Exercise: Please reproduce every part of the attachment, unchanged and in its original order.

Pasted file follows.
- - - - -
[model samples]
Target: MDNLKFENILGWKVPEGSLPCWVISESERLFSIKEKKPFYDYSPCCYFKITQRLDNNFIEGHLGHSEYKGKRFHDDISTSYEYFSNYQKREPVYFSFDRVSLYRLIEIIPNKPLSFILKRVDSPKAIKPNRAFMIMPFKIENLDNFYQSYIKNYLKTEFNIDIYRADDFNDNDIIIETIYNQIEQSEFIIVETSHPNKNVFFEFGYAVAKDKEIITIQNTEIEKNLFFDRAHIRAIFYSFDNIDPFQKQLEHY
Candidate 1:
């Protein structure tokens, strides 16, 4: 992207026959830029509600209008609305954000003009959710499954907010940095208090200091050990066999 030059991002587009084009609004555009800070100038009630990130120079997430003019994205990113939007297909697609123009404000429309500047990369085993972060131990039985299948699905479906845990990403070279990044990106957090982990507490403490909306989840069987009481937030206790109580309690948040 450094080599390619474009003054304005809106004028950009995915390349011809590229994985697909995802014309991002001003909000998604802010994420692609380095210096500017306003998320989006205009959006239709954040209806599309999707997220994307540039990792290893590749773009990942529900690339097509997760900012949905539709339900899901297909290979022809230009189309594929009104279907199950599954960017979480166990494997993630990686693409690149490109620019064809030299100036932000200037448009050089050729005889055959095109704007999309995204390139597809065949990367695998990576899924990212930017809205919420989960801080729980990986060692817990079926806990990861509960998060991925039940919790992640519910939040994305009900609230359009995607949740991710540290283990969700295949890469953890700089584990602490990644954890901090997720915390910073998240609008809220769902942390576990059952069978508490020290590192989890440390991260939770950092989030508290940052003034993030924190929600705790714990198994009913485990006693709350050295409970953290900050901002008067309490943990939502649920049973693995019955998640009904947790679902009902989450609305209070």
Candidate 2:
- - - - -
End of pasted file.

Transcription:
[model samples]
Target: MDNLKFENILGWKVPEGSLPCWVISESERLFSIKEKKPFYDYSPCCYFKITQRLDNNFIEGHLGHSEYKGKRFHDDISTSYEYFSNYQKREPVYFSFDRVSLYRLIEIIPNKPLSFILKRVDSPKAIKPNRAFMIMPFKIENLDNFYQSYIKNYLKTEFNIDIYRADDFNDNDIIIETIYNQIEQSEFIIVETSHPNKNVFFEFGYAVAKDKEIITIQNTEIEKNLFFDRAHIRAIFYSFDNIDPFQKQLEHY
Candidate 1:
């Protein structure tokens, strides 16, 4: 992207026959830029509600209008609305954000003009959710499954907010940095208090200091050990066999 030059991002587009084009609004555009800070100038009630990130120079997430003019994205990113939007297909697609123009404000429309500047990369085993972060131990039985299948699905479906845990990403070279990044990106957090982990507490403490909306989840069987009481937030206790109580309690948040 450094080599390619474009003054304005809106004028950009995915390349011809590229994985697909995802014309991002001003909000998604802010994420692609380095210096500017306003998320989006205009959006239709954040209806599309999707997220994307540039990792290893590749773009990942529900690339097509997760900012949905539709339900899901297909290979022809230009189309594929009104279907199950599954960017979480166990494997993630990686693409690149490109620019064809030299100036932000200037448009050089050729005889055959095109704007999309995204390139597809065949990367695998990576899924990212930017809205919420989960801080729980990986060692817990079926806990990861509960998060991925039940919790992640519910939040994305009900609230359009995607949740991710540290283990969700295949890469953890700089584990602490990644954890901090997720915390910073998240609008809220769902942390576990059952069978508490020290590192989890440390991260939770950092989030508290940052003034993030924190929600705790714990198994009913485990006693709350050295409970953290900050901002008067309490943990939502649920049973693995019955998640009904947790679902009902989450609305209070």
Candidate 2: